Innovation is a hot topic in today’s management circles as businesses are organizing around the creation and implementation of new ideas. At Whirlpool, executives are held accountable not only for the development of new products and services, but also for the creation of processes and systems that foster innovation.

One tactic for engaging employees in the innovation process is something Carlson Marketing’s Director of Performance Improvement Jennifer Rosenzweig, calls "appreciative inquiry." This is a technique for emphasizing a company’s unique strengths (appreciative) while at the same time developing a meaningful and robust dialogue with employees (inquiry) that seeks to help management understand when the company is moving in the right direction or not.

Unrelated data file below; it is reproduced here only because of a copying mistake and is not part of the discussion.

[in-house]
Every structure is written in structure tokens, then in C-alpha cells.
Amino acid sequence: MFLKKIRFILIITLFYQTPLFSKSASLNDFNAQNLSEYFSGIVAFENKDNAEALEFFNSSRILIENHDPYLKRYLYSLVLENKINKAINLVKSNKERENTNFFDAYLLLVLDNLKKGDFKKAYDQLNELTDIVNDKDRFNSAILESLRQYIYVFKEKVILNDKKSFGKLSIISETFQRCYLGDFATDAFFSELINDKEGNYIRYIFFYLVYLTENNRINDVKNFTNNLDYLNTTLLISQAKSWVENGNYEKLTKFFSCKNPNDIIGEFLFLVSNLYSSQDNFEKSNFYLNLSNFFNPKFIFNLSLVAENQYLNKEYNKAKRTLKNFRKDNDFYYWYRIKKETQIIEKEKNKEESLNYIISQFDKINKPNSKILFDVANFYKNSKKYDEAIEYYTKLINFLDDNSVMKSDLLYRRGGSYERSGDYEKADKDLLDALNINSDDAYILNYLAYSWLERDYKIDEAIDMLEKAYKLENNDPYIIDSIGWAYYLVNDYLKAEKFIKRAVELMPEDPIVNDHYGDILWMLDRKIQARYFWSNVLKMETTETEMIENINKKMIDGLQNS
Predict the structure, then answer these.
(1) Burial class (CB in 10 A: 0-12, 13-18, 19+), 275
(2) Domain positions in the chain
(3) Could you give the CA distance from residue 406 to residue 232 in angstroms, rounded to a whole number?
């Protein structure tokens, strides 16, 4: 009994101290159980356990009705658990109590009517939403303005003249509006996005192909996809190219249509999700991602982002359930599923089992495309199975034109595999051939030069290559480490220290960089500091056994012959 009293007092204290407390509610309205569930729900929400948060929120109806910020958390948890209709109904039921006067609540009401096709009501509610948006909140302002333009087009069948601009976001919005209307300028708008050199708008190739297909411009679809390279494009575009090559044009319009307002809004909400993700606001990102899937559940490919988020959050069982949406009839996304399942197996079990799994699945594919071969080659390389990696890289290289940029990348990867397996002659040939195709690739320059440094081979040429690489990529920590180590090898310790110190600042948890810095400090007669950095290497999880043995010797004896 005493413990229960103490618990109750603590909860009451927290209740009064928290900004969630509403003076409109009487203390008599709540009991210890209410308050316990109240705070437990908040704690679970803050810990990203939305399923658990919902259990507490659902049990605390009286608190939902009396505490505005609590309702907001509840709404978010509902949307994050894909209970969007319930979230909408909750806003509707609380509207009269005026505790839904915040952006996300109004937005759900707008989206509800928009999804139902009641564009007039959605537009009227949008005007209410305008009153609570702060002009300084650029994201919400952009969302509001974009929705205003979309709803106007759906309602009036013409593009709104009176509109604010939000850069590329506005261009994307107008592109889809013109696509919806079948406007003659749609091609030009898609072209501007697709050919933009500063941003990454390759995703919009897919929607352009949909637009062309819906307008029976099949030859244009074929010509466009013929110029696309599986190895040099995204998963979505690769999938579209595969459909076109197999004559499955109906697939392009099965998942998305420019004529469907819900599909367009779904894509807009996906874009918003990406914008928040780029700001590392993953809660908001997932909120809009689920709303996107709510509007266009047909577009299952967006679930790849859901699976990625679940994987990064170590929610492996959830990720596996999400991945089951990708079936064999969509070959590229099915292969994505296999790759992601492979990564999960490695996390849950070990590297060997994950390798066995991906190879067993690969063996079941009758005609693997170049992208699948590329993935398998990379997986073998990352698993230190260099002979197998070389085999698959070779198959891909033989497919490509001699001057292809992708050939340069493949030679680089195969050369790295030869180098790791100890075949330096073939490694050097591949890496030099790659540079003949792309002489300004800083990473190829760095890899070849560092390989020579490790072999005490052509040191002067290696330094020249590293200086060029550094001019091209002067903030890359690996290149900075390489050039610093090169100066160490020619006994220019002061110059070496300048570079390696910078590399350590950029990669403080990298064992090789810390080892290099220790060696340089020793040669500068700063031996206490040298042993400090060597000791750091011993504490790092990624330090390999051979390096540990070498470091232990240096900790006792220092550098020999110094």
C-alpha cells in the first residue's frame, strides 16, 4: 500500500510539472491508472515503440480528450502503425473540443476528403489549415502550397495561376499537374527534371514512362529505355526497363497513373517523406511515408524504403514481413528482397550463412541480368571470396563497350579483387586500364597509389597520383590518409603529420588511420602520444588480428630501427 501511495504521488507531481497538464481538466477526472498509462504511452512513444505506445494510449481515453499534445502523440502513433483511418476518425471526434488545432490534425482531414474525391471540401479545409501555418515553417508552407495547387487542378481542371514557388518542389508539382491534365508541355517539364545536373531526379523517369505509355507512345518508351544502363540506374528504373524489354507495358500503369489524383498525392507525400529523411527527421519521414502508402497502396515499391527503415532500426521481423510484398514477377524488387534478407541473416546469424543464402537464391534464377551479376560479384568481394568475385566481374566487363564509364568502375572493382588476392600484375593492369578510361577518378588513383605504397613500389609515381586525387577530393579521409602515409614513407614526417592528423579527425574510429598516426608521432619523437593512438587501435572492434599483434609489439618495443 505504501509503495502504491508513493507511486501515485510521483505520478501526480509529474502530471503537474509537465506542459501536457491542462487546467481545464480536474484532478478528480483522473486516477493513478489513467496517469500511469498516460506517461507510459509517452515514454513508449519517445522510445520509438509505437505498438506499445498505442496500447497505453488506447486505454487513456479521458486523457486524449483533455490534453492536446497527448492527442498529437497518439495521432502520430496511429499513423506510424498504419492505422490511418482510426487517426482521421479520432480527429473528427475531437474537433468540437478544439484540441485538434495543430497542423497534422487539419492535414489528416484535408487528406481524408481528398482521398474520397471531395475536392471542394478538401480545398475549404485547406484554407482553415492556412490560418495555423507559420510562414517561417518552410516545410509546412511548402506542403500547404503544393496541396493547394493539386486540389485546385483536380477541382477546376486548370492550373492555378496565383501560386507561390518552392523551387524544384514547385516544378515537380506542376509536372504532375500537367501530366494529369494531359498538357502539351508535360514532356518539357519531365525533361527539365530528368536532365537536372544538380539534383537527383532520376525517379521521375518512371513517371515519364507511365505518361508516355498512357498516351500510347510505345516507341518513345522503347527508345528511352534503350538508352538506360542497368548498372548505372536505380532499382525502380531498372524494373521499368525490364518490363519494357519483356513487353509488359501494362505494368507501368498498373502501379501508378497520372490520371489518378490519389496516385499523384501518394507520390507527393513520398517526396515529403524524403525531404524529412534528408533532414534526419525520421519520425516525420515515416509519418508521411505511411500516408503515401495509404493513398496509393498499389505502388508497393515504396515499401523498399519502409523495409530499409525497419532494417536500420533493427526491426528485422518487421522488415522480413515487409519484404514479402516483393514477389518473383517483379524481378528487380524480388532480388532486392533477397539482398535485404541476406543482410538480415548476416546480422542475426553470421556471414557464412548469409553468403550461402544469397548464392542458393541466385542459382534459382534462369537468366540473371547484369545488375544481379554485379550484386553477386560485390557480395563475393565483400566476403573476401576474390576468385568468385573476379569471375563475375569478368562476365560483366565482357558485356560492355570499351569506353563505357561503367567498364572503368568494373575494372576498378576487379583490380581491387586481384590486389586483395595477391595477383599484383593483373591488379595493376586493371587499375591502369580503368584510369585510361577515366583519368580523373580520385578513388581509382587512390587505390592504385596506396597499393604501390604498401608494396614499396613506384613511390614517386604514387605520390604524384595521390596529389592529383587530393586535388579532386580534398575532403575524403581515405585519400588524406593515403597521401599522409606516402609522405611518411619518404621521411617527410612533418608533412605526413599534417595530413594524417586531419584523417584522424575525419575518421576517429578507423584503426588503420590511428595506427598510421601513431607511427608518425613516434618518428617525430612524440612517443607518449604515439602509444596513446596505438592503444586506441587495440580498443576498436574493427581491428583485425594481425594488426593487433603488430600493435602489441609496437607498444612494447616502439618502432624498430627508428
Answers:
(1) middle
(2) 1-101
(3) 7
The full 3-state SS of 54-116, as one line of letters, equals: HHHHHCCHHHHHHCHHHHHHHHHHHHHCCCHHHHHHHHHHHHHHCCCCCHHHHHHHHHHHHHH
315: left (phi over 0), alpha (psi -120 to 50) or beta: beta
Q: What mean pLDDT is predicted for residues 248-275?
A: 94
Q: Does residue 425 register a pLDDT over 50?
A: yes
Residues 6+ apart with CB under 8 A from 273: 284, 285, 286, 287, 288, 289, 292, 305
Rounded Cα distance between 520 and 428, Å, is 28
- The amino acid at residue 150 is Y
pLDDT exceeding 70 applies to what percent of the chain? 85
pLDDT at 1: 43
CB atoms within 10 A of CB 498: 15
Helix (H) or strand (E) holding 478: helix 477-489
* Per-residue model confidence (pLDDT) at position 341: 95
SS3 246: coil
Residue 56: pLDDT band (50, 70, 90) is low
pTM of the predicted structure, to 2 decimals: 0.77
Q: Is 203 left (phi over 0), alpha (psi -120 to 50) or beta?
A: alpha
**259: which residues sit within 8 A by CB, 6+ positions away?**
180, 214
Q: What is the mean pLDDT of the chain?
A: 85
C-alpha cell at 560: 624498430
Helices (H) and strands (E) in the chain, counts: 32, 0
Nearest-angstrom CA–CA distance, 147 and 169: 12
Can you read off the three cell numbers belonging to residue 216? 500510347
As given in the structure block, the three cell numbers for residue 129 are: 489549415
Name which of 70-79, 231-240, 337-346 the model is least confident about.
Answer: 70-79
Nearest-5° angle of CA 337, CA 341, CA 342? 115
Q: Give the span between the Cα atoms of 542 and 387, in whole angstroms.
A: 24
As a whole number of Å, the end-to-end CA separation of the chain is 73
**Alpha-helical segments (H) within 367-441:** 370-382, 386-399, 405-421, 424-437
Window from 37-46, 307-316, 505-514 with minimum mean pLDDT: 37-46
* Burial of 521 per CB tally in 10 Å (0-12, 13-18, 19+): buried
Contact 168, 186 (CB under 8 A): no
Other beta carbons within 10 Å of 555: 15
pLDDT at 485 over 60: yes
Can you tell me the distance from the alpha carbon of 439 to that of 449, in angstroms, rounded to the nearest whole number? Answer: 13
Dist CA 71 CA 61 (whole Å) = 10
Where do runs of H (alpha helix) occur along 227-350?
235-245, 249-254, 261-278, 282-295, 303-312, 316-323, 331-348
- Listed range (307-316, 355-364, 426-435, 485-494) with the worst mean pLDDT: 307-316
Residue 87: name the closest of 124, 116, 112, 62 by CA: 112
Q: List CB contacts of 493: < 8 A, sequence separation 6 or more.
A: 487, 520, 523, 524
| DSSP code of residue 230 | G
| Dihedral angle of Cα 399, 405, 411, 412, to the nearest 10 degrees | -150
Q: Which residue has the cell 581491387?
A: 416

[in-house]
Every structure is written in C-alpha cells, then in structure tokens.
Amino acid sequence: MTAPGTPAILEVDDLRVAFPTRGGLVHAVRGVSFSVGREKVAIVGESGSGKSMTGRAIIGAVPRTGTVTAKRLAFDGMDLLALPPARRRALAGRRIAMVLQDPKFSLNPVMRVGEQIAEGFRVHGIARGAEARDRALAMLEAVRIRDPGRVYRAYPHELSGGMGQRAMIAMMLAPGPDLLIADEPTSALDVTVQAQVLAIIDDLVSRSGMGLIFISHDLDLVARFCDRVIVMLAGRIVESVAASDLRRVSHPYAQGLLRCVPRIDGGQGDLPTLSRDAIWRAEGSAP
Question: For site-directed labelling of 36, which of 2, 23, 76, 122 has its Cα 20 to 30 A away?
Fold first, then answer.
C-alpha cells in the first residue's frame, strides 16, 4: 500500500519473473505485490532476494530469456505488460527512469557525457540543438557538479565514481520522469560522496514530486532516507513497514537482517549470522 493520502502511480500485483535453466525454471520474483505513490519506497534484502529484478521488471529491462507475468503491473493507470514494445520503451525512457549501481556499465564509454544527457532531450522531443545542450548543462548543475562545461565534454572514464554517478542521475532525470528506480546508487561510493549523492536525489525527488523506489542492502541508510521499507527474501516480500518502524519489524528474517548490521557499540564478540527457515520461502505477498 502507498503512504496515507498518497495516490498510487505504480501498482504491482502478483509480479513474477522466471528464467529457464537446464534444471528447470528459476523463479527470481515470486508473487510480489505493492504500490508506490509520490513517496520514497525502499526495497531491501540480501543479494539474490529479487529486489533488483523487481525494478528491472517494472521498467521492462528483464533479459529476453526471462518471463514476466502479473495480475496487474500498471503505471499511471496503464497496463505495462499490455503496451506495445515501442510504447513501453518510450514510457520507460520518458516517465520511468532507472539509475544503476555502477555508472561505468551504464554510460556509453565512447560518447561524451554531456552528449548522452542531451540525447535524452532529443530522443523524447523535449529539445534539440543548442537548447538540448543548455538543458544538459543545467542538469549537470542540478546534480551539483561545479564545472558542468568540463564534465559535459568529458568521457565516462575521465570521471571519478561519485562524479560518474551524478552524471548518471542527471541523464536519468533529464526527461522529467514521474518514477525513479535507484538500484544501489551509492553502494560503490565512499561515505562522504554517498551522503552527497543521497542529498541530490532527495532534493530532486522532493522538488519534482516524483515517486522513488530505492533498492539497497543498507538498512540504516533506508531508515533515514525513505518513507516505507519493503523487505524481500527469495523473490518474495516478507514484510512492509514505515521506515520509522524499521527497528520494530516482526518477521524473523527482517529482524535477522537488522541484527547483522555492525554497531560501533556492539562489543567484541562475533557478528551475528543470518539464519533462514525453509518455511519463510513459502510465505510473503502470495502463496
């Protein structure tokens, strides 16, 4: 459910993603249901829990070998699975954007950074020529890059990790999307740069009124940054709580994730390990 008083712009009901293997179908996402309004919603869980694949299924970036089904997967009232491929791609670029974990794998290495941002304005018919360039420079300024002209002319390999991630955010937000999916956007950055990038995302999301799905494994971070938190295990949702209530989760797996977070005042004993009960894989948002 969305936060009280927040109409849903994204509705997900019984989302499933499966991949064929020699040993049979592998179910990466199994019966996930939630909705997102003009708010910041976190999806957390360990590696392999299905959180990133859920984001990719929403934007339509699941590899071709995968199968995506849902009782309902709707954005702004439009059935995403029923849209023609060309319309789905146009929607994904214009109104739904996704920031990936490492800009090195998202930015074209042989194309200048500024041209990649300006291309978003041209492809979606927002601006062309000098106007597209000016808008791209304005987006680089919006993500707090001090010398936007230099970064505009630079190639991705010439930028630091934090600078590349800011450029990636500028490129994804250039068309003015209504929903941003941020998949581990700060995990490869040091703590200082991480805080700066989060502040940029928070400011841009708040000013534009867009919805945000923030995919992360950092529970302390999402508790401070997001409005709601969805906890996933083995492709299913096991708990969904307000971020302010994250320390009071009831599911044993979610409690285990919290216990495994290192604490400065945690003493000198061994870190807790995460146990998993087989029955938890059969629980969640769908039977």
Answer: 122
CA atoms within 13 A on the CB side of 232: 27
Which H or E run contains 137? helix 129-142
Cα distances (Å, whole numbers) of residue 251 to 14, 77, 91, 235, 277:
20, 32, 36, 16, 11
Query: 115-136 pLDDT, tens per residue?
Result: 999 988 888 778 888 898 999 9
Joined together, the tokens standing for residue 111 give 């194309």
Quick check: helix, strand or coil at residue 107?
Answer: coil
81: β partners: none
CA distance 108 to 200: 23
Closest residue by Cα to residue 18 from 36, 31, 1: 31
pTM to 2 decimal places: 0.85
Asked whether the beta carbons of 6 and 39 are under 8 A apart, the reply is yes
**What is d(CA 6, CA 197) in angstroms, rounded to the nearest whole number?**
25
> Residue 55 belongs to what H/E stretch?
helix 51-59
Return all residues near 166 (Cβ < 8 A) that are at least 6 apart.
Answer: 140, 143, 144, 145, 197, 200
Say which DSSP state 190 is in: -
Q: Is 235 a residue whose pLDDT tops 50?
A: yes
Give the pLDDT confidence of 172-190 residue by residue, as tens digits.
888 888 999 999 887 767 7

Carlson Marketing’s research shows that given the opportunity, nearly 50 percent of employees will engage in identifying and implementing ideas. But "squandered" or untapped ideas are a major source of employee frustration and disengagement. A recent Gallup report shows that 17 percent of all the employees it surveyed consider themselves "disengaged" at work.

Read how Whirlpool and Toyota are harvesting employee-generated innovation.